Building An IIoT Strategy? 5 Key Considerations for Success
Illustration: © IoT For All

The pressure for success and to create, build, and innovate has increased as more companies vie for attention and revenue, leading to a greater necessity for an IIoT strategy. Digital transformation journeys promise to bring new insights and efficient processes to help companies create a competitive advantage but trying to get from concept to implementation isn’t as easy as it seems.

To leverage the full potential of connected devices, data, and advanced analytics, industrial automation, and manufacturing companies need a clear Industrial Internet of Things (IIoT) strategy that can provide exponential benefits to the organization.

In a recent McKinsey survey of managers at more than 700 industrial manufacturers worldwide, more than 40 percent pointed to IT deficiencies as the main challenge in successfully implementing digital initiatives. Simply put, the technology needs and the infrastructure in place for IIoT are not aligned.

The reality is, if you don’t have an IIoT strategy you’re falling behind. A recent survey of IoT professionals highlighted that 74 percent of the companies that responded have already deployed or are in the process of developing an IIoT strategy.

But it truly is a hard nut to crack, especially when you consider that 80 percent of IoT projects fail to scale due to the complexity of integration and the inability to support scaling systems. In addition to setting goals and metrics that align with your business, make sure to plan for these five things carefully.

5 IIoT Strategy Considerations

#1: Data-centric Approach

Prioritizing data as a strategic asset can result in huge benefits for operational efficiency and cost savings. Companies should establish mechanisms for collecting, storing, and processing data from devices, sensors, and other equipment to improve productivity and performance.

For example, more than 150,000 drivers at one of the largest shipping companies in the world use a handheld device to scan packages, track deliveries, and receive optimized delivery routes. To efficiently relay information to customers, the company deployed an IIoT system with middleware that could help them get data from driver devices to backend systems bidirectionally with no issues.

With IoT data movement in place, the company was able to meet 743.5 million tracking requests per day and optimize routes to save $50 million per year. 

#2: Standardization & Interoperability

Interoperability refers to the ability of diverse systems and devices to work together in a frictionless way. For IIoT systems with a range of devices and applications that need to communicate and share data, interoperability is essential to success. Without it, companies will have siloed data that blocks any insights or opportunities for optimization.

To achieve success with your IIoT strategy, work with technologies that will facilitate communication and integration between different devices and applications. An approach such as a Unified Namespace (UNS) allows for the collection of data from various IIoT systems, adding context to it, and transforming it into a format that other systems can understand.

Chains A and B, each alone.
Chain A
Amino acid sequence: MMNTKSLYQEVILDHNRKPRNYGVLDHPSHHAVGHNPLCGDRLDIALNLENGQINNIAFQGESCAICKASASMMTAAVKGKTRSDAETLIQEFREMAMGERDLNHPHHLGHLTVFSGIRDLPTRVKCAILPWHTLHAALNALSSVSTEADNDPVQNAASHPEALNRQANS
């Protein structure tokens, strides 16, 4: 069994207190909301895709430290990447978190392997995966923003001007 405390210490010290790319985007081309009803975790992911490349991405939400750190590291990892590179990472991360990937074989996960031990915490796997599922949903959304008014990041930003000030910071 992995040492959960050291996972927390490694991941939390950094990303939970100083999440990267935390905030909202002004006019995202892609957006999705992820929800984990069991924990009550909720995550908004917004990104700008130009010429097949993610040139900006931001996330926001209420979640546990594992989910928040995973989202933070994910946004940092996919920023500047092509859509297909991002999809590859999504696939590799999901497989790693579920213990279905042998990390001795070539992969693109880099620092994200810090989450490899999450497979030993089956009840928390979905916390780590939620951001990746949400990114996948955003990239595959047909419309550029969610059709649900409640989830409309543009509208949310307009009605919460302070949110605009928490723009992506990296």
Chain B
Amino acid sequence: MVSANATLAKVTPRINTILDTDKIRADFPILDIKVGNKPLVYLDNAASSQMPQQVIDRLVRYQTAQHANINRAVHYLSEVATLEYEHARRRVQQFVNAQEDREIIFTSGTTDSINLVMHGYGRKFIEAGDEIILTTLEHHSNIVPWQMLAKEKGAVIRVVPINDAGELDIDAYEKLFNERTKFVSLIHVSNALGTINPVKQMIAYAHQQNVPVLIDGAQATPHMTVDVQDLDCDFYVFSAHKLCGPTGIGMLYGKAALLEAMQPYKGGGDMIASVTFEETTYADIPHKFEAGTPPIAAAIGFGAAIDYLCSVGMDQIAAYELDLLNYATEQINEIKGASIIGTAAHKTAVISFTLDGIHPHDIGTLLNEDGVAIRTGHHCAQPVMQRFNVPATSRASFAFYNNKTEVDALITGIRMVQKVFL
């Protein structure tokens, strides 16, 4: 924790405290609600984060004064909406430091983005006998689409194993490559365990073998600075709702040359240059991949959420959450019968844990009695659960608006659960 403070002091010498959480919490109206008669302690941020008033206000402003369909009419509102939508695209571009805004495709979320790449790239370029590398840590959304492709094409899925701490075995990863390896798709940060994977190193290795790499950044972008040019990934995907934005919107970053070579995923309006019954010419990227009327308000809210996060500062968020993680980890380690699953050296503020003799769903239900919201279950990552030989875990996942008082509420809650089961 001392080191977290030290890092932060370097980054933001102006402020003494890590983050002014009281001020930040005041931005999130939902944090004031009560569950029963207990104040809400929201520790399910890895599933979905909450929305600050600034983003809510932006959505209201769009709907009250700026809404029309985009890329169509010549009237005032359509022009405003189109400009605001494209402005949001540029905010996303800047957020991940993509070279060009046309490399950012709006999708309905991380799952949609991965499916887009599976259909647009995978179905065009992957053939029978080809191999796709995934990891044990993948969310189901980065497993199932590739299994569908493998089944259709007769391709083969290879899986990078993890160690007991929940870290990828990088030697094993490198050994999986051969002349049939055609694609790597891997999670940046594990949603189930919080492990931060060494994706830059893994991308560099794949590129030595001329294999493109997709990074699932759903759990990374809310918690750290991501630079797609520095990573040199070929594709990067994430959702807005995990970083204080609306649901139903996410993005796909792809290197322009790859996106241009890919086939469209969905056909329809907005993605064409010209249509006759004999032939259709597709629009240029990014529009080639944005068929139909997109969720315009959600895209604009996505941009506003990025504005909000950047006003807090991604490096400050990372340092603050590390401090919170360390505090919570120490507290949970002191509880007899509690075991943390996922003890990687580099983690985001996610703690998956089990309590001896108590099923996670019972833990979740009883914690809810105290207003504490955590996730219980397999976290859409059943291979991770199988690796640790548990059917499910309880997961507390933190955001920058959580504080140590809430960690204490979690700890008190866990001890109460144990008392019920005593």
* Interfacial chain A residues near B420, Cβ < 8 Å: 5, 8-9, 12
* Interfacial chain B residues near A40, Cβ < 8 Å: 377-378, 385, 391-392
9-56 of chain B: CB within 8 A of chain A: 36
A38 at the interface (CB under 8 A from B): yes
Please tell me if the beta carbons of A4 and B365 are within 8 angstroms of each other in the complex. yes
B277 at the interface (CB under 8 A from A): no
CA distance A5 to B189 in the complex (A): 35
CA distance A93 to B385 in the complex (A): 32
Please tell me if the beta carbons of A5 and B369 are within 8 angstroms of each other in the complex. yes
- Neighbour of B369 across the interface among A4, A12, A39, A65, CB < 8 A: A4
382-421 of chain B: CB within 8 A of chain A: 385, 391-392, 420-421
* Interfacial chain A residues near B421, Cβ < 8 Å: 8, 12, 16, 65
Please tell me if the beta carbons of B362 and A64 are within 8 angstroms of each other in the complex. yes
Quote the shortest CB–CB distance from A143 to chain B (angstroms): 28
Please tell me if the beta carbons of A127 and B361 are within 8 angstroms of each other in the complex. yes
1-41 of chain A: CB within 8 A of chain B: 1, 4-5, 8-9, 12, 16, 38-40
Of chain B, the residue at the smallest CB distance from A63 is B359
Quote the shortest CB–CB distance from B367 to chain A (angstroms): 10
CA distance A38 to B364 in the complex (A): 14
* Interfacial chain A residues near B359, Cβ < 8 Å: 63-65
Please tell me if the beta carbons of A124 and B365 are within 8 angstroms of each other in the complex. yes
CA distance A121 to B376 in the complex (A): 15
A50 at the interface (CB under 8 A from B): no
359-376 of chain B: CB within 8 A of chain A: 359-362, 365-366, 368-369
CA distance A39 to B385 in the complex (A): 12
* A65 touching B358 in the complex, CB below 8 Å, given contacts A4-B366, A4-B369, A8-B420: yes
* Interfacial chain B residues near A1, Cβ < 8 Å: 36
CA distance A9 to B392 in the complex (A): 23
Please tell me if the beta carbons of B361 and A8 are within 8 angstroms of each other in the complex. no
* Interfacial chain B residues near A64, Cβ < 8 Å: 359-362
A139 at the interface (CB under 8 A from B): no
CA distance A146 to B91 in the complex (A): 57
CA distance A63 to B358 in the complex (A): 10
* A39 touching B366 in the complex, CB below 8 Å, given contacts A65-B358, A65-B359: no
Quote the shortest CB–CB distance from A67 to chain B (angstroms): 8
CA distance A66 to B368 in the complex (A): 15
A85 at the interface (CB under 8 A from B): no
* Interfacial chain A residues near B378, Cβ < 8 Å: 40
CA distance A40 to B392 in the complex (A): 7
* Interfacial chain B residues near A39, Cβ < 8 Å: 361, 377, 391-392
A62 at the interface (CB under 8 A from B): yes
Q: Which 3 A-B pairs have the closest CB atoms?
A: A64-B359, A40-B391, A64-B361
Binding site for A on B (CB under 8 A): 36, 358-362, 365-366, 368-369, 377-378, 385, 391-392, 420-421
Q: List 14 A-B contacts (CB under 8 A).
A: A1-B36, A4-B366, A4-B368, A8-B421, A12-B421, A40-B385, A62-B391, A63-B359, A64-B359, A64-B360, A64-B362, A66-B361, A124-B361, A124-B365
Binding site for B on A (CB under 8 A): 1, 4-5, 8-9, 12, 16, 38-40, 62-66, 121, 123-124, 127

#3: Security

As with all initiatives that deal with data and technology, IIoT is not without its cybersecurity risks. Companies need to take great care to safeguard sensitive data and proactively work to mitigate threats.

By implementing robust authentication, encryption, hardware security, regular audits, and tailored security approaches, organizations can fortify their IIoT systems and remain compliant with stringent data privacy regulations. 

#4: Reliability & Scalability

An IIoT system is a great milestone that will likely lead to expansions and further deployment. Data sources will continue to grow and as such, so should the scalability of the IIoT architecture.

Teams need to design a flexible, reliable solution that can handle massive amounts of data without increasing costs. Making sure to emphasize reliability and scalability within the architecture makes certain that operations will not be disrupted in the face of new data streams or network disruptions. 

#5: Continuous Improvement

How will you know if your IIoT systems strategy is successful after deployment? You can show ROI on a proof of concept but to keep getting buy-in and expand its purview, the IIoT systems need metrics and goals.

It’s important to define measures of success for continuous monitoring of IIoT operations, performance, and security. Teams should regularly evaluate the effectiveness of the strategy and be prepared to adapt to technological advancements, changes in business requirements, and emerging industry trends.

Success with an IIoT Strategy

The promise of transformative benefits for an organization is enough to get people on board with IIoT but to make that dream a reality, a considered strategy is necessary.

By prioritizing data, ensuring interoperability, fortifying security, emphasizing reliability and scalability, and committing to continuous improvement, organizations can not only survive in the era of digital transformation but achieve success with an impenetrable IIoT strategy that unlocks the future of industrial excellence.

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